What is that you say? No indeed, I do not jest. No, to the best of my knowledge I am not completely raving mad. Charles II was an evil man, I hear you say, a fornicator of the first order, a hypocrit who deceived several of his fellow monarchs on the Continent of Europe in order to obtain treaties and agreements. On behalf of the Merry Monarch, as he was called, I plead guilty to both of those charges but enter a plea in mitigation which states that his fornication was not harmful to the Realm or to anyone except possibly himself, and that though he did deceive his Continental equals the purpose was not selfish. He did what he did in order that his subjects might have a better life. He was, I submit, a good King, in my opinion one of the shining lights of the British Monarchy. “Comes the moment cometh the man” runs the old proverb and Charles was certainly the man of the moment. The society which he inherited was fragile and constantly on the verge of civil strife. and it was Charles who held it together. He did not at all deserve the damning comment of the young Queen Victoria who stated “We like not Charles II.”
Jesus has also been wrongly treated by history, but in the opposite way. He reluctantly accepted the throne for one reason only – to use his position as King to prevent a war between the Jewish people and the Romans. But he quickly became, in the eyes of many people, the Son of God. Jesus went up in public esteem to the point of being regarded as Divine whereas the unfortunate Charles has been reduced by the passage of time to the role of a major sinner. Charles might well have used about Jesus the words which are sometimes attributed to John The Baptist “He must increase while I must decrease.”
That Jesus was of the Royal Blood, a descendant of King David, is rarely disputed today. I will not here go into the implications of this as they are set out in the article named “The Crucifixion and Resurrection of Jesus” on this website. Rather will I proceed to show the similarities between these two great men.
There was a remarkable coincidence of circumstance in the young lives of both men. They were both exiled, forced to flee from their native lands by stern political pressures. We know that the exile of Charles lasted for twelve years and covered his youth and early manhood, but we are less certain about the exact period covered by the exile of Jesus. The traditional assumption is that it was relatively short and that he returned a baby or at most a toddler, but that must be filed firmly in the “assumptions” file. He MAY have been born many years before the death of Herod in 4 B.C. and spent his most formative years in exile. If that is so then his childhood circumstances were remarkably closely parallel to those of Charles II. He would have grown up acutely conscious of his position and in all probability there would not have been a lot of money to go round. The experience of poverty may, in the cases of both our heroes, have engendered the sympathy for the poor and needy which was an outstanduing characteristic of both of them, and may also have contributed to their outstanding tolerance.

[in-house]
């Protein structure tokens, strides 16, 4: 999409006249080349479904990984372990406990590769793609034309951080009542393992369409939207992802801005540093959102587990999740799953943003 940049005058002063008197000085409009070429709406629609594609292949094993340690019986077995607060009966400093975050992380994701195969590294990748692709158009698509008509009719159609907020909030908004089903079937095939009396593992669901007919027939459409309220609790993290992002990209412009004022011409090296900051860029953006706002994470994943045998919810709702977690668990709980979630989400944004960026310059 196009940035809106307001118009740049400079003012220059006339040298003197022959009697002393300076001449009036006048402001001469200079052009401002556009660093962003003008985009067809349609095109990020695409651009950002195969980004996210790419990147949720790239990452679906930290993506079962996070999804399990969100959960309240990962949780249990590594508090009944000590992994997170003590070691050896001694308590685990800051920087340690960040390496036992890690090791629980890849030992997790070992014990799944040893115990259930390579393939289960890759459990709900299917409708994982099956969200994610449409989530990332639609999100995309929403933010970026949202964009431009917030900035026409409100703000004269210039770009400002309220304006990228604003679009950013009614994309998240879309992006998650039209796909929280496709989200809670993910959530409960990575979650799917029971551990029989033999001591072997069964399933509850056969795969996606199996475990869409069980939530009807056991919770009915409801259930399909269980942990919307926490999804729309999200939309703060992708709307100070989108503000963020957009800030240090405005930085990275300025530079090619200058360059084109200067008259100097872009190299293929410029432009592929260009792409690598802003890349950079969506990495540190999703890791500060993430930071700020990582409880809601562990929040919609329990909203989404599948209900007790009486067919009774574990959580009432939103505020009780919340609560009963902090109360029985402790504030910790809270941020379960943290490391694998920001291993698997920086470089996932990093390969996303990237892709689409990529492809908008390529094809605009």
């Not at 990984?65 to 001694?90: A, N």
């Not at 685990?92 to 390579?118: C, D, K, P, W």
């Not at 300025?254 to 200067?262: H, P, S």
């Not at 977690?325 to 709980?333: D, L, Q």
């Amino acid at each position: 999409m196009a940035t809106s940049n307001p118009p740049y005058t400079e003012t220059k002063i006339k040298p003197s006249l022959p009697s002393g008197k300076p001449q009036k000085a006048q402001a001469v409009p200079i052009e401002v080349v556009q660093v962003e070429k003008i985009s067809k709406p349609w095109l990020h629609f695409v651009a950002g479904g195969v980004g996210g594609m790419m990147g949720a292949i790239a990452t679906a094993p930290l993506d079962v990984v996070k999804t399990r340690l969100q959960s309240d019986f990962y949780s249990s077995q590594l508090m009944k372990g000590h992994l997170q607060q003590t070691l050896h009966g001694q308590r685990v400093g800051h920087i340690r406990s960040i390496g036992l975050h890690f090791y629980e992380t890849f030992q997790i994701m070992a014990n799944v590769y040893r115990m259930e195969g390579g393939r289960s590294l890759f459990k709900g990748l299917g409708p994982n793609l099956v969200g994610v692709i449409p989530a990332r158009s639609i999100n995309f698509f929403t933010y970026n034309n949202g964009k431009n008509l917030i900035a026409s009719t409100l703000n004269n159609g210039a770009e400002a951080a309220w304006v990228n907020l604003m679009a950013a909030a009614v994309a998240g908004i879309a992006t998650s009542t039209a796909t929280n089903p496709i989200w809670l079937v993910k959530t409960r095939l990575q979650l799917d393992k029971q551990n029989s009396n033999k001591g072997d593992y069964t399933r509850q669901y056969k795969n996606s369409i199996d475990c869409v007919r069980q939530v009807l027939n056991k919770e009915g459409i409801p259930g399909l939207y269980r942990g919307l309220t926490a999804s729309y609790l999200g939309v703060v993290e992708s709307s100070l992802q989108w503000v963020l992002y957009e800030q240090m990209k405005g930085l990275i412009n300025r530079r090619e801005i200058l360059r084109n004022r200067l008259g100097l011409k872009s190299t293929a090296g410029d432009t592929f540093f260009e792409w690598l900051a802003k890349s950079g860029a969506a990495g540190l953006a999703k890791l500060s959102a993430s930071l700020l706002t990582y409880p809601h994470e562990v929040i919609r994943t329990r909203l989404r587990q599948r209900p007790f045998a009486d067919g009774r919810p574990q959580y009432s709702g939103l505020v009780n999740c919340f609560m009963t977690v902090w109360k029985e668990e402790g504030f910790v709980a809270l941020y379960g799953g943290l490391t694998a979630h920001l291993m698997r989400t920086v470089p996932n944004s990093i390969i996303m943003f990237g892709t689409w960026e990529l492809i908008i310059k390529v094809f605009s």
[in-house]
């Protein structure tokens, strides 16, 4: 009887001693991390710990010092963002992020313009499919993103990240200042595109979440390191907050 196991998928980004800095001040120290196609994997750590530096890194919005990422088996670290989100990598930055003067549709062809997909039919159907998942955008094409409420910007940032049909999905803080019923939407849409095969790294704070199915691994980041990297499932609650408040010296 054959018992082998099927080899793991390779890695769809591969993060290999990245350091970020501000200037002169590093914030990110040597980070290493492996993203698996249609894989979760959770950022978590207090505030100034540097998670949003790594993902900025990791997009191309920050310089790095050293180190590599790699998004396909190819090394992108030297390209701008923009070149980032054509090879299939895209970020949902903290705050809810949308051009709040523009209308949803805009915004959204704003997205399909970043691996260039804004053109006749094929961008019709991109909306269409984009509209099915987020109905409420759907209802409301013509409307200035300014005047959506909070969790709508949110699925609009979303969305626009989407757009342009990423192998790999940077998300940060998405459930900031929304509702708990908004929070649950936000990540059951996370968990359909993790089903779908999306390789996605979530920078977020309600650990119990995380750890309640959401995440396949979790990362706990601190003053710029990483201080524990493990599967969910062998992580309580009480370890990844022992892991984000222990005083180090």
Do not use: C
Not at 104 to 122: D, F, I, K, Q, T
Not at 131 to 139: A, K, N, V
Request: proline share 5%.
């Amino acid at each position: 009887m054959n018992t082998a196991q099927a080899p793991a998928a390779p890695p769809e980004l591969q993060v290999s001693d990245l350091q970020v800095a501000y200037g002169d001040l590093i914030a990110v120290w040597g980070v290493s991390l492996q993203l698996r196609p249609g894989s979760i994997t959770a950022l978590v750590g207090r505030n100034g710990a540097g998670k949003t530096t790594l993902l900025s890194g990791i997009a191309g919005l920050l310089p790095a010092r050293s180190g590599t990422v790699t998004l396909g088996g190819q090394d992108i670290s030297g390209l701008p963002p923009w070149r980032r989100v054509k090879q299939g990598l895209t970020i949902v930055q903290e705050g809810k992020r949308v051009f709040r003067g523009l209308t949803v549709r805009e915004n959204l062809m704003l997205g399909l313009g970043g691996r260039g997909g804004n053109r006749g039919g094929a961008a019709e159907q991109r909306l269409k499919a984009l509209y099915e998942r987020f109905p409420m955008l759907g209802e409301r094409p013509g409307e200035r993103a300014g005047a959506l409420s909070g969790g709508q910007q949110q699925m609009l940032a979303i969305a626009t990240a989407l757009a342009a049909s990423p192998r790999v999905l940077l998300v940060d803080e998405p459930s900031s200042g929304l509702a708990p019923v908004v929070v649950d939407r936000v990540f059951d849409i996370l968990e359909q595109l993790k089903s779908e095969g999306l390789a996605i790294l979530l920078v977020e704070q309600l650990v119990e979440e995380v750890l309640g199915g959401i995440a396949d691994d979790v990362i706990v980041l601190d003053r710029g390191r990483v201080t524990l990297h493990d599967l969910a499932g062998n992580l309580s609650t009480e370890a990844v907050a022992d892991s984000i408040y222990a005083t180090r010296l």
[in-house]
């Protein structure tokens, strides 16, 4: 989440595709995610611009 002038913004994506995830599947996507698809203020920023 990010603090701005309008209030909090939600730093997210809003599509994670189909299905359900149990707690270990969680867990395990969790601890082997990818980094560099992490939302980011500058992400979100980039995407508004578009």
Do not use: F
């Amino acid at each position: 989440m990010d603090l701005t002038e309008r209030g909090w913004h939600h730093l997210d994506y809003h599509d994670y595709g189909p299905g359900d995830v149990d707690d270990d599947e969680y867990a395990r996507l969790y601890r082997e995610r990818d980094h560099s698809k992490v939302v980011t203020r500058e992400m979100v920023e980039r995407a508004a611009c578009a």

The tolerance of Charles is almost mind-blowing in its intensity. We might expect that the King, when newly restored to the throne, would wreak revenge on those who had been the cause of his exile. Yet when Parliament decided to pass an Act of Indemnity and Oblivion which effectively gave a pardon to all who had taken the Parliamentary side in the Civil Wars, Charles enthusiastically supported it. In fact he became its main supporter in Westminster and was constantly pressing Parliament to get the bill through quickly. The House of Commons, however, fretted over detail, holding up this tolerant Act, while the King, who had more cause to be resentful about the anti-Royalist forces than almost anyone else, became its chief supporter.
Excluded from the Act when it finally became law, were the regicides who were directly responsible for the execution of Charles father, Charles I. The action of Charles with regard to these must surely constitute one of the strangest Royal pardons in history. No Act of Parliament, no picking over the legal implications by dozens of lawers but simply a quickly scribbled note passed across the table to Hyde at a Council meeting. The note read “I am weary of hanging – let it sleep.” Ten of the regicides had already suffered execution but the remainder were pardoned purely on the authority of that hastily scribbled document. Incidentally, the event serves to draw attention to the disputed ground between King and Parliament. It was by no means certain what powers the Monarch retained for the law was vague and left too much room for individual interpretation. but where there was any rumour of a doubt about the matter Charles intervened in such a way that would bring benefit to his subjects. We should not forget either that it was an act of no small courage for the King to so employ his prerogatives for he must surely have had in mind on each occasion that his father had gone to the scaffold for less. Equally the courage of King Jesus was revealed in his acceptance of a plan which might (and did) lead to the cross.